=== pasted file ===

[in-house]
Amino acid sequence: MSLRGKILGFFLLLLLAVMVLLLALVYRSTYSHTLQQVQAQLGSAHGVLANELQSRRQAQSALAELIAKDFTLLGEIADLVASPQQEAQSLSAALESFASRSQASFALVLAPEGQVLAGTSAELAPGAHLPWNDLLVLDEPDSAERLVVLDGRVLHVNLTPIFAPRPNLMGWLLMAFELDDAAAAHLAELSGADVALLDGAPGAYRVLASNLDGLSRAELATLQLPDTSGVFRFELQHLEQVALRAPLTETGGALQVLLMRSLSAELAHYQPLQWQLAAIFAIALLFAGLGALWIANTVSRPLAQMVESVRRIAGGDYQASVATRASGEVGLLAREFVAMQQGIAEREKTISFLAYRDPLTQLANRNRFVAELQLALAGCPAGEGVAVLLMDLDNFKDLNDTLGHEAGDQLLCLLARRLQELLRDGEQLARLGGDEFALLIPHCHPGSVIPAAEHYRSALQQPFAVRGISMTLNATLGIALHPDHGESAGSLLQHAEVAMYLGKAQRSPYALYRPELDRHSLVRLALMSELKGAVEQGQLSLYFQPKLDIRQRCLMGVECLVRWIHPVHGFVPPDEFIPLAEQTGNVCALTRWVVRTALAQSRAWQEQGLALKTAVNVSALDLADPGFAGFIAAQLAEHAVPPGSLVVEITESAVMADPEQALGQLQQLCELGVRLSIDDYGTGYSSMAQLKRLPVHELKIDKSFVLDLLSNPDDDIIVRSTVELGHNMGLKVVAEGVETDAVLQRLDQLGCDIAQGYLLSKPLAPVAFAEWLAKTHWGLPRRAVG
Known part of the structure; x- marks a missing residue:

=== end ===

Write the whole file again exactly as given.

[in-house]
Amino acid sequence: MSLRGKILGFFLLLLLAVMVLLLALVYRSTYSHTLQQVQAQLGSAHGVLANELQSRRQAQSALAELIAKDFTLLGEIADLVASPQQEAQSLSAALESFASRSQASFALVLAPEGQVLAGTSAELAPGAHLPWNDLLVLDEPDSAERLVVLDGRVLHVNLTPIFAPRPNLMGWLLMAFELDDAAAAHLAELSGADVALLDGAPGAYRVLASNLDGLSRAELATLQLPDTSGVFRFELQHLEQVALRAPLTETGGALQVLLMRSLSAELAHYQPLQWQLAAIFAIALLFAGLGALWIANTVSRPLAQMVESVRRIAGGDYQASVATRASGEVGLLAREFVAMQQGIAEREKTISFLAYRDPLTQLANRNRFVAELQLALAGCPAGEGVAVLLMDLDNFKDLNDTLGHEAGDQLLCLLARRLQELLRDGEQLARLGGDEFALLIPHCHPGSVIPAAEHYRSALQQPFAVRGISMTLNATLGIALHPDHGESAGSLLQHAEVAMYLGKAQRSPYALYRPELDRHSLVRLALMSELKGAVEQGQLSLYFQPKLDIRQRCLMGVECLVRWIHPVHGFVPPDEFIPLAEQTGNVCALTRWVVRTALAQSRAWQEQGLALKTAVNVSALDLADPGFAGFIAAQLAEHAVPPGSLVVEITESAVMADPEQALGQLQQLCELGVRLSIDDYGTGYSSMAQLKRLPVHELKIDKSFVLDLLSNPDDDIIVRSTVELGHNMGLKVVAEGVETDAVLQRLDQLGCDIAQGYLLSKPLAPVAFAEWLAKTHWGLPRRAVG
Known part of the structure; x- marks a missing residue: